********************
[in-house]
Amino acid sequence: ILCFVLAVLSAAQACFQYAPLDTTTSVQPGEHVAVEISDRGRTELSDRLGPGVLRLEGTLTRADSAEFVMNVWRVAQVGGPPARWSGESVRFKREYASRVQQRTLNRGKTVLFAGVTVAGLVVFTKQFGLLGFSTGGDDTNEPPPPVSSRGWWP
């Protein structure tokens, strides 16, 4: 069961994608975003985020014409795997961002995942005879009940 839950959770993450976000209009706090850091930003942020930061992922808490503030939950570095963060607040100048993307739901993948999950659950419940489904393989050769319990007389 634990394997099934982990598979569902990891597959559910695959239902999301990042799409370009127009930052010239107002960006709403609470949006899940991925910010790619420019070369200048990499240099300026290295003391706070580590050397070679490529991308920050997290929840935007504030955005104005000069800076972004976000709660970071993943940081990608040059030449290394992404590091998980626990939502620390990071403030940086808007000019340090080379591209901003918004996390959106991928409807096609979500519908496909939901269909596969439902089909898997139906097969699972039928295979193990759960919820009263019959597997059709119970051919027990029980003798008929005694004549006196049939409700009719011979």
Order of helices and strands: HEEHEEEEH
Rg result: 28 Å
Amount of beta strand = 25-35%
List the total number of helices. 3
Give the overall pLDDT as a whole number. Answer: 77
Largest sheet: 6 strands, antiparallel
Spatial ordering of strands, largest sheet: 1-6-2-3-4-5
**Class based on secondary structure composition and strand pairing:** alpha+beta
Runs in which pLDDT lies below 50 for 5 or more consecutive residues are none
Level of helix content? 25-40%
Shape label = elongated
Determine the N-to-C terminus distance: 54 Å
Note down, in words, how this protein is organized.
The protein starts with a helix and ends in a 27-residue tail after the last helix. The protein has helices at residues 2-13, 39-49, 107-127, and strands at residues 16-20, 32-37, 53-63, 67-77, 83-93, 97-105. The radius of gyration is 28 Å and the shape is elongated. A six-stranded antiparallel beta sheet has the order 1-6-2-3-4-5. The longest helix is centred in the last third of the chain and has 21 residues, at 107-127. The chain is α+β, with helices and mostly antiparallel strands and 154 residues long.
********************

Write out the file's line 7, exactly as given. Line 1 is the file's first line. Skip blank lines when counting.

List the total number of helices. 3